The first step to managing the symptoms of narcolepsy is to consult with a trusted primary care physician. Doctors can screen patients to ensure that their symptoms are truly caused by narcolepsy, or if they are caused by another condition like sleep apnea, sleep deprivation, parasomnia, depression or anxiety. Primary care physicians use clinical criteria to evaluate if a person actually has narcolepsy.

However, because doctors only have limited, general knowledge of sleep disorders, they often are not qualified to give an official narcolepsy diagnosis or provide treatment recommendations. It’s crucial that patients receive treatment and diagnosis from specialists. In most cases, care starts with a sleep specialist. Primary care doctors can refer patients to reputable, local sleep specialists.

Sleep specialists have the clinical experience and professional equipment needed to evaluate a patient’s symptoms and administer accurate diagnostic tests. One of the most common test is the polysomnogram, which tracks brainwaves, heart rate, eye movement and muscle contractions during sleep. Based on the results of the diagnostic tests, sleep specialists can diagnose sleep disorders. Specialists also work closely with patients to create treatment plans, which include identifying triggers, making lifestyle changes and taking medications. Depending on the specific symptoms that a person experiences, a sleep specialist may also recommend additional care from neurologists, pulmonologists, otolaryngologists or other medical professionals.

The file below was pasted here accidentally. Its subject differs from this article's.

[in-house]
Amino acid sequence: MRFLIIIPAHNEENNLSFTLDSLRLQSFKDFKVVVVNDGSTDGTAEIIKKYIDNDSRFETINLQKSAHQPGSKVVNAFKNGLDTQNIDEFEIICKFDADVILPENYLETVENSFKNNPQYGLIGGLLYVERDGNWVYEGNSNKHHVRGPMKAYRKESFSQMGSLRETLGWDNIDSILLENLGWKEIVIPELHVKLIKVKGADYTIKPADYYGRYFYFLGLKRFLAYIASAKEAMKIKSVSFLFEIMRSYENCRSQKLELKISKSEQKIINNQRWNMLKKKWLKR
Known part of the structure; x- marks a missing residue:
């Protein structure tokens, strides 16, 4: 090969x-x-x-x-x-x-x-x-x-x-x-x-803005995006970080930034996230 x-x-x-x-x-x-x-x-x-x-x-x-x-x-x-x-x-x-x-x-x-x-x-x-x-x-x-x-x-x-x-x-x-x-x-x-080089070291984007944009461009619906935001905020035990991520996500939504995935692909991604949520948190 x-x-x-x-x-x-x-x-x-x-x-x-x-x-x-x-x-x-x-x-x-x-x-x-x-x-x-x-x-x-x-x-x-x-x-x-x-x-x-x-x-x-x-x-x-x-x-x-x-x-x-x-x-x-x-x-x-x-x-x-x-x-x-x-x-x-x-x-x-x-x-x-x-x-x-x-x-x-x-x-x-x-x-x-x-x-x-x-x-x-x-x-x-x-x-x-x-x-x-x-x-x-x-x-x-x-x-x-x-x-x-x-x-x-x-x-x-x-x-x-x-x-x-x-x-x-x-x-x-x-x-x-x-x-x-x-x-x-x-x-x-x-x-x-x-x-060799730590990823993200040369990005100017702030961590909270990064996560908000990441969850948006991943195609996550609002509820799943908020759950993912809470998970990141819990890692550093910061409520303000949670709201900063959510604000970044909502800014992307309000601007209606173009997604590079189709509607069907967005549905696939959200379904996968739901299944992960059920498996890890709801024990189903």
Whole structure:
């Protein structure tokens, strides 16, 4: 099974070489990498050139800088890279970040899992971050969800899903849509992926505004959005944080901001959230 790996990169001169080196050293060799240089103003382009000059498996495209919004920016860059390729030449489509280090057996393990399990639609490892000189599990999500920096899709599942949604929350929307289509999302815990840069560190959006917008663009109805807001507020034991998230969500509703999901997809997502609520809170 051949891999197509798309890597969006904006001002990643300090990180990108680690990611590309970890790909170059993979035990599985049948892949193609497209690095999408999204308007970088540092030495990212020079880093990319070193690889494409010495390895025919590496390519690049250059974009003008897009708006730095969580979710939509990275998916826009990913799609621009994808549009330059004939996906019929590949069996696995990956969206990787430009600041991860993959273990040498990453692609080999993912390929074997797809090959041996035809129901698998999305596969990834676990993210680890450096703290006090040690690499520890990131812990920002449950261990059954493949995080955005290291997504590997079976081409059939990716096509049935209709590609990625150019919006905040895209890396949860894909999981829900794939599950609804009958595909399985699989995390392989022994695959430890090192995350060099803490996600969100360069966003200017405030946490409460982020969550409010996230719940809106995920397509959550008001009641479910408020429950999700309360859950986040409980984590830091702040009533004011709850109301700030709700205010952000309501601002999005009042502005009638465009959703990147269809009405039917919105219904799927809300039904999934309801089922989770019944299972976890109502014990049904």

When someone first experiences symptoms of narcolepsy, it’s crucial that they receive medical attention as soon as possible. Without proper diagnosis, treatment and lifestyle changes, many daily activities can be potentially hazardous for people with this sleep disorder, including driving, operating other heavy machinery, crossing the street, caring for children and cooking. Between 30 and 50 percent of individuals with narcolepsy report having or almost having accidents because of symptoms associated with the condition.

    

Division of Sleep Medicine Harvard Medical School. “Narcolepsy Safety.” February 21, 2018. Accessed February 20, 2019.